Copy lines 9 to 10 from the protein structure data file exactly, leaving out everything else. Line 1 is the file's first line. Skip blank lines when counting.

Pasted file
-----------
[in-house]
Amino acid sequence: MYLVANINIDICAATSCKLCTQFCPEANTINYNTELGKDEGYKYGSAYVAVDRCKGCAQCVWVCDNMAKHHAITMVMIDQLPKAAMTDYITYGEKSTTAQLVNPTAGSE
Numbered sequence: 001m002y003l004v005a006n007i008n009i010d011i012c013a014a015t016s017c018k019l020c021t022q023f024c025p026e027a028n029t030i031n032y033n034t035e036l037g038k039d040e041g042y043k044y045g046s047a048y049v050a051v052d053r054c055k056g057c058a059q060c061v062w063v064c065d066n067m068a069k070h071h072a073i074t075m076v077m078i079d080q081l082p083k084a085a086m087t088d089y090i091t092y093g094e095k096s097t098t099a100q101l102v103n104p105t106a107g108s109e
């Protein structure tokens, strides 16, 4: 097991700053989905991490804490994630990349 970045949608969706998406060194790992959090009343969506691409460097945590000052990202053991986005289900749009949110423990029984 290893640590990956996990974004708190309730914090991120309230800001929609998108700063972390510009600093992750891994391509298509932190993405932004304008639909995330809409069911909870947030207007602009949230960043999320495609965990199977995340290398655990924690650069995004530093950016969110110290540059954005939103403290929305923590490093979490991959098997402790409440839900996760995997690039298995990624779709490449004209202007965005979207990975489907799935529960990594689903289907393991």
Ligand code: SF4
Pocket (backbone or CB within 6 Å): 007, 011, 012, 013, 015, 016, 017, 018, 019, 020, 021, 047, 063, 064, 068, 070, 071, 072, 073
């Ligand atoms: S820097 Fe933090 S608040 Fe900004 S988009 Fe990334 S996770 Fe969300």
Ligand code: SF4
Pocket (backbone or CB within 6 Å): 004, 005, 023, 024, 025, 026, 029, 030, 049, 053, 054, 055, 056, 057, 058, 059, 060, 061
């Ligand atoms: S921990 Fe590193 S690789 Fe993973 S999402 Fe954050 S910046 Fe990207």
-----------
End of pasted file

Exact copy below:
Pocket (backbone or CB within 6 Å): 004, 005, 023, 024, 025, 026, 029, 030, 049, 053, 054, 055, 056, 057, 058, 059, 060, 061
């Ligand atoms: S921990 Fe590193 S690789 Fe993973 S999402 Fe954050 S910046 Fe990207």